A review of the record of this case shows that the injury suffered by Lapuz is not so serious or extensive as to warrant an award of P1.5 million. The assessment of P100,000 as moral and exemplary damages in his favor is, in our view, reasonable and realistic.
Lapuz likewise claims that the respondent court could not rule upon the propriety of the award of actual damages because it had not been assigned as an error by KAL. Not so. The rule is that only errors specifically assigned and properly argued in the brief will be considered except errors affecting jurisdiction over the subject matter and plain as well as clerical errors. 8 But this is not without qualification for, as the Court held in Vda. de Javellana vs. Court of Appeals9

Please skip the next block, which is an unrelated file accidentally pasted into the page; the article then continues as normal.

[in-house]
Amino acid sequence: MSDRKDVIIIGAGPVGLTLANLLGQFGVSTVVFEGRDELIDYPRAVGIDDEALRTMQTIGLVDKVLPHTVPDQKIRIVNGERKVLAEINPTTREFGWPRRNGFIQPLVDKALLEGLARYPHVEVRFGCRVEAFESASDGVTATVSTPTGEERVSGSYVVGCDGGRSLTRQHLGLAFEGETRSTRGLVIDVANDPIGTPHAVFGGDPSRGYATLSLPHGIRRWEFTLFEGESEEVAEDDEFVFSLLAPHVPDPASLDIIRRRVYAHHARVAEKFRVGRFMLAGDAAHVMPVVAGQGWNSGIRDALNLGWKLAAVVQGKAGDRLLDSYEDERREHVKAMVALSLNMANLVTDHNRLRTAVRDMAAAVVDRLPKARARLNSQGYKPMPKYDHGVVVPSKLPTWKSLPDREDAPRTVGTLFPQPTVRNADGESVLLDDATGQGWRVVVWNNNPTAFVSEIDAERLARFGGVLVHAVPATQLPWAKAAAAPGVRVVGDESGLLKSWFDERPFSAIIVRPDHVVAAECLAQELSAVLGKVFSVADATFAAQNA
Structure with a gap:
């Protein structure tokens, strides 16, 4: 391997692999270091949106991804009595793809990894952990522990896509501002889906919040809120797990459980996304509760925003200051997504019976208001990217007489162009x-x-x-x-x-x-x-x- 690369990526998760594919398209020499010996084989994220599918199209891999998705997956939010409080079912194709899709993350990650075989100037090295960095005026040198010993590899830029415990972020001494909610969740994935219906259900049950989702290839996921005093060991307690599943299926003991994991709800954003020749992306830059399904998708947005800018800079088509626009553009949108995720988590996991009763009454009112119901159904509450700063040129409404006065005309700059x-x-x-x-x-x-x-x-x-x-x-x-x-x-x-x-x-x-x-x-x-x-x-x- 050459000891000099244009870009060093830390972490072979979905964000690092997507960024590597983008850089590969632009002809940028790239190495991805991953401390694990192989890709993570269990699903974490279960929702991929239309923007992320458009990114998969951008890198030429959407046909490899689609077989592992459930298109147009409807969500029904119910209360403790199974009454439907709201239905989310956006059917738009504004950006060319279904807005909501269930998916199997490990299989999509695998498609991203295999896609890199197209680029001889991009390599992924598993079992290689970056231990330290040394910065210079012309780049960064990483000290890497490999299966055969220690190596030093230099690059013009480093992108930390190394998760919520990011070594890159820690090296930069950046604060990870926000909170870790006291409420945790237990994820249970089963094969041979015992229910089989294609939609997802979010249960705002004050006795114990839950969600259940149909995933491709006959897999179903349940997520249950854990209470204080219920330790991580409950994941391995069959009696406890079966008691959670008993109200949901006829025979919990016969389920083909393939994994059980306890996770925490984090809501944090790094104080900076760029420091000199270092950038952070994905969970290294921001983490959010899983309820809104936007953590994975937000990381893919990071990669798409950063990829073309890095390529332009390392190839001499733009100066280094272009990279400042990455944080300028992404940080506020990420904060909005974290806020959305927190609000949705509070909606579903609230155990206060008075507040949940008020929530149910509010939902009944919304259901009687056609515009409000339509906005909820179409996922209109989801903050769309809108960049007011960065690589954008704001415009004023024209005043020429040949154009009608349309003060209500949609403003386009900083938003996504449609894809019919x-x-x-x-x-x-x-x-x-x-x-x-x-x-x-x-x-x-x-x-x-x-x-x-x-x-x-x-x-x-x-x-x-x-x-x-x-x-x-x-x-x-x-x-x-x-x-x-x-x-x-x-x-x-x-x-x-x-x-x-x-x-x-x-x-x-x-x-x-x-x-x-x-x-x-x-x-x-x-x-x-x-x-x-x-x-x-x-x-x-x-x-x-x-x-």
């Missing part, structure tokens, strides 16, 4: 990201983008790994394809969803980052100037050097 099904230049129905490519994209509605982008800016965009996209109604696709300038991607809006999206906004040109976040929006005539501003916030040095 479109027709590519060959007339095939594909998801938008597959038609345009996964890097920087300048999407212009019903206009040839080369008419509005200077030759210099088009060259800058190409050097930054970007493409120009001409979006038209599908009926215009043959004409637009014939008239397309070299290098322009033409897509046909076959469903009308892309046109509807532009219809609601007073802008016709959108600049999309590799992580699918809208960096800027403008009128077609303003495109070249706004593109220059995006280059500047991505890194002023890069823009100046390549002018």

. . . [T]he Court is clothed with ample authority to review matters, even if they are not assigned as errors in their appeal, if it finds that their consideration is necessary in arriving at a just decision of the case.
A similar pronouncement was made in Baquiran vs. Court of Appeals 10 in this wise:
Issues, though not specifically raised in the pleading in the appellate court, may, in the interest of justice, be properly considered by said court in deciding a case, if they are questions raised in the trial court and are matters of record having some bearing on the issue submitted which the parties failed to raise or the lower court ignored.
The Court of Appeals was therefore justified in decreasing the award of actual damages even if the issue was not assigned as an error by KAL. Consideration of this question was necessary for the just and complete resolution of the present case. Furthermore, there was enough evidence to warrant the reduction of the original award, as the challenged decision correctly observed: